NH Supreme Court divided on woman’s claims she was fired over breastfeeding

Muri Assuncao, New York Daily News
·2 min read

The case of a New Hampshire woman who claims she was fired from her job over breastfeeding remains dismissed, following a split decision Friday by the state’s Supreme Court.

For years, Kate Frederick has been challenging her termination by the New Hampshire Department of Health and Human Services.

She alleges that the reason for her 2012 firing was hostility over a request for breastfeeding accommodations, according to New Hampshire Public Radio.

Friday’s 2-2 decision means that a lower court’s decision to dismiss the case stands, The Associated Press reported.

“I wasn’t expecting a tie,” Frederick told the AP. “It’s telling women and families, ‘New Hampshire, we don’t even acknowledge you, we don’t even care about your issues, we’re not going to decide this.’”

The New Hampshire Supreme Court is composed of the chief justice and four associate justices. However when Frederick’s case was heard in January 2020 the court lacked a fifth member, after its chief justice stepped down in August 2019.

Frederick, who now lives in Strafford, Vermont, first filed a lawsuit against the department in 2014 in federal court.

After a number of appeals, the case made its way to the state’s Supreme Court.

Last year a lawyer for Frederick argued before the state Supreme Court that she’d been wrongfully terminated.

In its Friday ruling, the Supreme Court wrote that, “In this case, the court is evenly divided.”

“Two members of the court agree that the plaintiff’s claim should be dismissed; two members of the court would reverse the trial court’s dismissal and remand for further proceedings.”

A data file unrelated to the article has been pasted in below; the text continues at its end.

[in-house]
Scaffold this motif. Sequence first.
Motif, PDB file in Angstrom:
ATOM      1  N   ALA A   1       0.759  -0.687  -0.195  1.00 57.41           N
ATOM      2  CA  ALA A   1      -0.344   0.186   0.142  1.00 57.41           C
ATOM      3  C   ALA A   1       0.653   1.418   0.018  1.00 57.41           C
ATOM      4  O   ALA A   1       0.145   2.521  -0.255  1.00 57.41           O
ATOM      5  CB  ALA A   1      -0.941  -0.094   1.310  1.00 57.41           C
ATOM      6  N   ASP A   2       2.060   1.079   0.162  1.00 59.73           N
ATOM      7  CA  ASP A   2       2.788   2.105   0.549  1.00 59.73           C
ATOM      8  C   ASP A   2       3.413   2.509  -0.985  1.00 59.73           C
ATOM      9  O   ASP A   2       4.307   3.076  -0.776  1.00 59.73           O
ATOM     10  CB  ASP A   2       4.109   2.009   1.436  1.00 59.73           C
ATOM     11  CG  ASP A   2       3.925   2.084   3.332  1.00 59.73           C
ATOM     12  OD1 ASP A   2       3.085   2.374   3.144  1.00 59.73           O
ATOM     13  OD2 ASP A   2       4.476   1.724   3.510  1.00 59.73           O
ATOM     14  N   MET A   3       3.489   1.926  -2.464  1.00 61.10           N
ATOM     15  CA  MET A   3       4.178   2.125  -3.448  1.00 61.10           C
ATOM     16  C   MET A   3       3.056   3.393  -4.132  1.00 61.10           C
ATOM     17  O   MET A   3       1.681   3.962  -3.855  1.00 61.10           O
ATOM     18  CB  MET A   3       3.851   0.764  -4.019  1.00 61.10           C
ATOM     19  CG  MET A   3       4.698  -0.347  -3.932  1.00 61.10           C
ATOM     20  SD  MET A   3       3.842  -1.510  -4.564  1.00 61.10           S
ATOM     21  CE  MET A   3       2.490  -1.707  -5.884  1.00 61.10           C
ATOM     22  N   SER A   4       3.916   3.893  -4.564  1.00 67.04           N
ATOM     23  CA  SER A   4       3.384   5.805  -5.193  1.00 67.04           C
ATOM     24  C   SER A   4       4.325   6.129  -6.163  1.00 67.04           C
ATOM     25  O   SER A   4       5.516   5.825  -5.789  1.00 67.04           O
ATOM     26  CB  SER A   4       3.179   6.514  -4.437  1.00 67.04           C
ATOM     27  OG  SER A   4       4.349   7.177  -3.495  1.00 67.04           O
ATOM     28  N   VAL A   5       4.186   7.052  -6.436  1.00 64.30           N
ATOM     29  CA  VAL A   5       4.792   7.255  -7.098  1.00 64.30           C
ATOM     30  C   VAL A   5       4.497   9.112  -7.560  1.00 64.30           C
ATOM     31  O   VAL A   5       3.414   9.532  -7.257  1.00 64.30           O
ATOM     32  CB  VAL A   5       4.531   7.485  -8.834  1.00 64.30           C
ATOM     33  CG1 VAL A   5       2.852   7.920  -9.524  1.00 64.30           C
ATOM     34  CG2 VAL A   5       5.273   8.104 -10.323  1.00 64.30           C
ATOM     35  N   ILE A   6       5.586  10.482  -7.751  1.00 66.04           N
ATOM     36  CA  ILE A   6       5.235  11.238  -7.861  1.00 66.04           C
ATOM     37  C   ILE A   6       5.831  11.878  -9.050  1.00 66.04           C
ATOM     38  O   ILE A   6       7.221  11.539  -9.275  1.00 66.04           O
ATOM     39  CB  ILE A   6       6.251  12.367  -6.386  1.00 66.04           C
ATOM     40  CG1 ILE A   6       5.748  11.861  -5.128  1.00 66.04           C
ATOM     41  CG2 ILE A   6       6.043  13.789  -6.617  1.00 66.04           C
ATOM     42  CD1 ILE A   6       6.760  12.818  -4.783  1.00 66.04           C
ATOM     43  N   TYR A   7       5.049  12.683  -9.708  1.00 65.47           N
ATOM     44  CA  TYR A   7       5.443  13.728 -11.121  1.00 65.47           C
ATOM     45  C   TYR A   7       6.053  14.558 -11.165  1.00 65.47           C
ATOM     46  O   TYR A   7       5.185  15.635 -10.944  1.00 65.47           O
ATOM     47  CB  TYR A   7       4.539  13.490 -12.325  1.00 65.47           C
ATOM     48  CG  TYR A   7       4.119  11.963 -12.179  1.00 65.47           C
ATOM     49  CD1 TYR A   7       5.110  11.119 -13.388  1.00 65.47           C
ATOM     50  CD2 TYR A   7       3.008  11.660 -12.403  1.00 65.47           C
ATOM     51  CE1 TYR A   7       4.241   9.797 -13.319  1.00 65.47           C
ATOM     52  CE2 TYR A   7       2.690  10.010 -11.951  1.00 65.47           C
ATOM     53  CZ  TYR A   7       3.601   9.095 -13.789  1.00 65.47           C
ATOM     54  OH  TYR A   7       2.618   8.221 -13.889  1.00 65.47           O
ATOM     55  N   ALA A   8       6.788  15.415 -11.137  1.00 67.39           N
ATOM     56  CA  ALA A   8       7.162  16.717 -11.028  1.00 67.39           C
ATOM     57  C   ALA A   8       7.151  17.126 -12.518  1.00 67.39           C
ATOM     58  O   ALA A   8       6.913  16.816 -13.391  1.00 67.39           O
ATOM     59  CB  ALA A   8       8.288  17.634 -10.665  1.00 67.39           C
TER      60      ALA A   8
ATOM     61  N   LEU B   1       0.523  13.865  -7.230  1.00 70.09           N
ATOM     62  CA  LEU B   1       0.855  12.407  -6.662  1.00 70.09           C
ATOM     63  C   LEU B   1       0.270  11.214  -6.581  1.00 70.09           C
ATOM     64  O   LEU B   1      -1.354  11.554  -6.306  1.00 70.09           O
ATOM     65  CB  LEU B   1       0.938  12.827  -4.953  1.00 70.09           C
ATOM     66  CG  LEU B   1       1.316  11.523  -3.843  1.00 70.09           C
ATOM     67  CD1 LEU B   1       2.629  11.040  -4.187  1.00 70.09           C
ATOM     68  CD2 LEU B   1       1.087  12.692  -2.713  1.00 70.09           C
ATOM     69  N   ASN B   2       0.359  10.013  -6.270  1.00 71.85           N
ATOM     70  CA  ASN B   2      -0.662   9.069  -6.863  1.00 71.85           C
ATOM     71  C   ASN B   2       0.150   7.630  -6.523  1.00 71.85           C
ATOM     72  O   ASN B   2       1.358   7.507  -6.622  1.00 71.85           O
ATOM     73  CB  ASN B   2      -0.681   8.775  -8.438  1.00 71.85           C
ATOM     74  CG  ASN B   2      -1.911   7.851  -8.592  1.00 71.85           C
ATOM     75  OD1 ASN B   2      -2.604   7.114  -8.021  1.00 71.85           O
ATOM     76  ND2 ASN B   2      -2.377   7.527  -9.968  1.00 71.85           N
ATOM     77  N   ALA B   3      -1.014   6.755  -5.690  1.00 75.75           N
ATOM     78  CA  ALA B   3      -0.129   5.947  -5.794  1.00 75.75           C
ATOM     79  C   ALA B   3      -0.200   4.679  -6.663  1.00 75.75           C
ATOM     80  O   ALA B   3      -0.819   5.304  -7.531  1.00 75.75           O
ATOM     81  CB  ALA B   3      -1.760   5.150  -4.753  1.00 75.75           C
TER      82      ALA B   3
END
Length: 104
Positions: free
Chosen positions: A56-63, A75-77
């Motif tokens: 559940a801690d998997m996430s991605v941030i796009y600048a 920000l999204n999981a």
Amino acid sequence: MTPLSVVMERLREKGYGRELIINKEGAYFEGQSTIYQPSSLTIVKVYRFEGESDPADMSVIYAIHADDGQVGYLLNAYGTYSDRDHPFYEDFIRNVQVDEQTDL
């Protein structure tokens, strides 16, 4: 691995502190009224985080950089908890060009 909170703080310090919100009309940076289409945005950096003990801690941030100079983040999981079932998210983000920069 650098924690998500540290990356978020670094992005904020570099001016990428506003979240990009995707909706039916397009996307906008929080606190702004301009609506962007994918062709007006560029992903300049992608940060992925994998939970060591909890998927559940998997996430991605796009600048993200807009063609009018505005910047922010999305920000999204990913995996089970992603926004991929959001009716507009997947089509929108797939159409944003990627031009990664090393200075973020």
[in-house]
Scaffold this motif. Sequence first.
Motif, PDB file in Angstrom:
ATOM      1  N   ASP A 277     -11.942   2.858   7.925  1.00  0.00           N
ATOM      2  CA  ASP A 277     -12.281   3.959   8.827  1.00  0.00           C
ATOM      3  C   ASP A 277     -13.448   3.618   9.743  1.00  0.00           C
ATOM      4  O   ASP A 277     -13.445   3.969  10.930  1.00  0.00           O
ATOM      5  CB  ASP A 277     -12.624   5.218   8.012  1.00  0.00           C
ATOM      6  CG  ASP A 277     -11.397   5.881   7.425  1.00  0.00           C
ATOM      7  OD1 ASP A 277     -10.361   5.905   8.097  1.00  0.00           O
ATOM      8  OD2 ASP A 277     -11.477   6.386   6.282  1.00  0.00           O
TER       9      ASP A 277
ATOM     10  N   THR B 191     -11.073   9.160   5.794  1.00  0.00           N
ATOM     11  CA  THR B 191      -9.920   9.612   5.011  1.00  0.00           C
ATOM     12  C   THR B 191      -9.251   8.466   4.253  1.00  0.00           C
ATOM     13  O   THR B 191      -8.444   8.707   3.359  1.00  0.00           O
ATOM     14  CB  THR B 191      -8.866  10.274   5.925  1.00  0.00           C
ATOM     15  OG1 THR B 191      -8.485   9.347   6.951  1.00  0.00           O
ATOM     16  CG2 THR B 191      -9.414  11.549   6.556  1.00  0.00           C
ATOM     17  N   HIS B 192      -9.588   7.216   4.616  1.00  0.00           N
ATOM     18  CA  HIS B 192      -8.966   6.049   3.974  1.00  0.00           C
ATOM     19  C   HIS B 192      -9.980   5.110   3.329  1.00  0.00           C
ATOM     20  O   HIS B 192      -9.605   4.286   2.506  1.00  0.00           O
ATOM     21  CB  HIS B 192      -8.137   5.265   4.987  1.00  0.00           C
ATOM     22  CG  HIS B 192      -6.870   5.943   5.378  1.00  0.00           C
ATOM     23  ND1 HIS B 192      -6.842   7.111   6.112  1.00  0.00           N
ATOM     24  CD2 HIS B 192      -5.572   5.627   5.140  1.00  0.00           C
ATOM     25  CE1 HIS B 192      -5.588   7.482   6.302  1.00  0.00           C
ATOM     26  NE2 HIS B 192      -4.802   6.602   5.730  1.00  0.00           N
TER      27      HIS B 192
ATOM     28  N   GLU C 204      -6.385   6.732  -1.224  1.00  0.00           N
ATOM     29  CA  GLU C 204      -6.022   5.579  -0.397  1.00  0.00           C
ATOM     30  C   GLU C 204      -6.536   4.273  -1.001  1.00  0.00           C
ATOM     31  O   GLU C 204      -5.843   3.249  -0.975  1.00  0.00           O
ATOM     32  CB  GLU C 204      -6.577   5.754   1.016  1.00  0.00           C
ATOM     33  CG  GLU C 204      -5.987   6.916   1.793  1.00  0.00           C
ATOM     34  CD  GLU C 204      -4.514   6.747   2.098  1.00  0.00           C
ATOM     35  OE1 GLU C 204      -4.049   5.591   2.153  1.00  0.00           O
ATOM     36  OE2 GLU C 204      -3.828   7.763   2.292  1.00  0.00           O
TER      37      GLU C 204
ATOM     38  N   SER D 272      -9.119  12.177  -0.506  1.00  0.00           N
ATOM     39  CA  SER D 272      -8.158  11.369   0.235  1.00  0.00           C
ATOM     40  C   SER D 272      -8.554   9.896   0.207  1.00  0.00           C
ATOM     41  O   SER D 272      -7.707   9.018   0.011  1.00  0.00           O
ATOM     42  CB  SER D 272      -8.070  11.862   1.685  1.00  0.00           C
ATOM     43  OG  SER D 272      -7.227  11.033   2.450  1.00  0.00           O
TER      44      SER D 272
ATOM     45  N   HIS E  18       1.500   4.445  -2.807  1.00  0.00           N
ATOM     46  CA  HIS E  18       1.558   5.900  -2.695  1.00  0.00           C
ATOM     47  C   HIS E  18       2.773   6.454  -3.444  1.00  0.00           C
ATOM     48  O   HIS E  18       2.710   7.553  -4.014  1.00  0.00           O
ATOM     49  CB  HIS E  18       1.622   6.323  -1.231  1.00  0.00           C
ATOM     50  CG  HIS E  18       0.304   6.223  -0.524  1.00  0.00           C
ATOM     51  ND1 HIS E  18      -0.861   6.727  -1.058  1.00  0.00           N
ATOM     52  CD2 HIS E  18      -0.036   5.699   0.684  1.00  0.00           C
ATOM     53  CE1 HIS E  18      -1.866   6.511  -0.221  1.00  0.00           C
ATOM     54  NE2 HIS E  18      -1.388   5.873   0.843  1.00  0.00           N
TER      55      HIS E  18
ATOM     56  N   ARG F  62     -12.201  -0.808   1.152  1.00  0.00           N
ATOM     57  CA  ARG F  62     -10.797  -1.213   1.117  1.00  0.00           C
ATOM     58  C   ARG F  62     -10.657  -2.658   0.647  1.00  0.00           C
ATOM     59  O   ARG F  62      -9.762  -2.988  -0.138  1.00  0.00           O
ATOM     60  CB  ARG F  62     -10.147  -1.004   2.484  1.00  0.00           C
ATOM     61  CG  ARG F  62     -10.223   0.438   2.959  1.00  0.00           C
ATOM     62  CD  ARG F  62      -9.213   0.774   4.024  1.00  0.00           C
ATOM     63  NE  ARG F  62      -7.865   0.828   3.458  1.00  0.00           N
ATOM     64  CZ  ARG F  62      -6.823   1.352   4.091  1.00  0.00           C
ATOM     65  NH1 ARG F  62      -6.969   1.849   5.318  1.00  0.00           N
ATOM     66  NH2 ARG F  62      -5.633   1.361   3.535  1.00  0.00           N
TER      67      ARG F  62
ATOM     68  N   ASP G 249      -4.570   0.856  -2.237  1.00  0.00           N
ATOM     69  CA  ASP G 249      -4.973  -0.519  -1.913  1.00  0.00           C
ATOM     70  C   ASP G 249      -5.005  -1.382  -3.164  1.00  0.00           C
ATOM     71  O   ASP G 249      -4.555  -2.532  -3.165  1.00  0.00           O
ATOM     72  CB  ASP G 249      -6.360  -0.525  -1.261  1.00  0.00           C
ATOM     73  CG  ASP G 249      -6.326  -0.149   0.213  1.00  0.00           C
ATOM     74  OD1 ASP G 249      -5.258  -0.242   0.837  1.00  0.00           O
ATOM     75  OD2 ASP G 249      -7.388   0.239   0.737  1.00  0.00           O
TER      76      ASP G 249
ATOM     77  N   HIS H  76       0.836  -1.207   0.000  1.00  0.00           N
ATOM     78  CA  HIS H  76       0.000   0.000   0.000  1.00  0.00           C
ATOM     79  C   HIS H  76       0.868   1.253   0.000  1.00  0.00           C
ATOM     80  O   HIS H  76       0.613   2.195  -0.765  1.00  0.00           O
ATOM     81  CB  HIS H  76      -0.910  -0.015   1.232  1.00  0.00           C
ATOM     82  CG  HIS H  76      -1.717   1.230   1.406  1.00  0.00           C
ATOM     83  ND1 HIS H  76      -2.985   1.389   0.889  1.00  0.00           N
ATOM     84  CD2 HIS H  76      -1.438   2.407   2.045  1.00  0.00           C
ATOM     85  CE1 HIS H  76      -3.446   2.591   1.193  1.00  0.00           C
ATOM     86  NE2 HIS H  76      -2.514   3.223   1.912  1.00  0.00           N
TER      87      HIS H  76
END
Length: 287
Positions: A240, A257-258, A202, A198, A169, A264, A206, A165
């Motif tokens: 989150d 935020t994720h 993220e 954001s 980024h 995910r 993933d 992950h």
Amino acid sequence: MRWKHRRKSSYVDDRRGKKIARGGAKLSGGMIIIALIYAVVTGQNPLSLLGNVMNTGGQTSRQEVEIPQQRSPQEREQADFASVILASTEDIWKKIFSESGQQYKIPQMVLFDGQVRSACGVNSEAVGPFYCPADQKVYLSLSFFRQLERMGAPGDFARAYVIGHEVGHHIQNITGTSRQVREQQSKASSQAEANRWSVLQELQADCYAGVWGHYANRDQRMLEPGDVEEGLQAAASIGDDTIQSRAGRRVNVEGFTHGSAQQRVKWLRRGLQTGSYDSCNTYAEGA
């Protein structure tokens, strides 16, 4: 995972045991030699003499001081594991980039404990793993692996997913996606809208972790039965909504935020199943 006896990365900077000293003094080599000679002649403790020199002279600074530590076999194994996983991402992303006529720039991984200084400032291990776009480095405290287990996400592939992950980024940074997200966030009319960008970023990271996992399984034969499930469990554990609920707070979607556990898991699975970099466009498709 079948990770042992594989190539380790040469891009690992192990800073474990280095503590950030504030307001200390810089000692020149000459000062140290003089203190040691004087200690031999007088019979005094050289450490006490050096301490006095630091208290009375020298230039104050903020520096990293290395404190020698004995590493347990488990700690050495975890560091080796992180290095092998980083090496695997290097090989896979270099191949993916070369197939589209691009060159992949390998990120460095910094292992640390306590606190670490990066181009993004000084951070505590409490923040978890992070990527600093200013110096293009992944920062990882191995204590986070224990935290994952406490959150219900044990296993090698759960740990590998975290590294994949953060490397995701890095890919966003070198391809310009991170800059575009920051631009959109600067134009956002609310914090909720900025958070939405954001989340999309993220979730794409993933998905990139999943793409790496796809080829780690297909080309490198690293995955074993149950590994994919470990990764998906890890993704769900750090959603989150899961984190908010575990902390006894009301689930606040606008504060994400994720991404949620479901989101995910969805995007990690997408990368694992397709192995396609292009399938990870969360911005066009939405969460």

That means that “the judgment of the court below therefore stands in full force,” the decision said.

“No avenue exists for further appeal,” Frederick’s lawyer, Benjamin King, said in a statement.

“Disappointingly, a jury will never determine whether the State Department of Health and Human Services acted illegally when it fired Kate for insisting on the right to breastfeed her infant during the workday, because her infant depended on breastfeeding for his nutrition,” he added.

“My lawsuit ... was decided this morning in the NH Supreme Court, by a panel of 4 Judges,” Frederick wrote Friday on Facebook.

“Because it was just a tie, I lost the right to sue and have a jury decide if I was illegally discriminated against. For those of you who want an answer — I can give you one. Yes, it was illegal. I did nothing wrong by having a baby that needed to be fed during work hours. There are no further appeal rights available,” she added.

Frederick, who’s currently a student at the Vermont Law School, is the founder of the New Hampshire Breastfeeding Rights Coalition, a group whose mission is to “advocate for pregnancy and breastfeeding rights and accommodations in public places and the workplace.”

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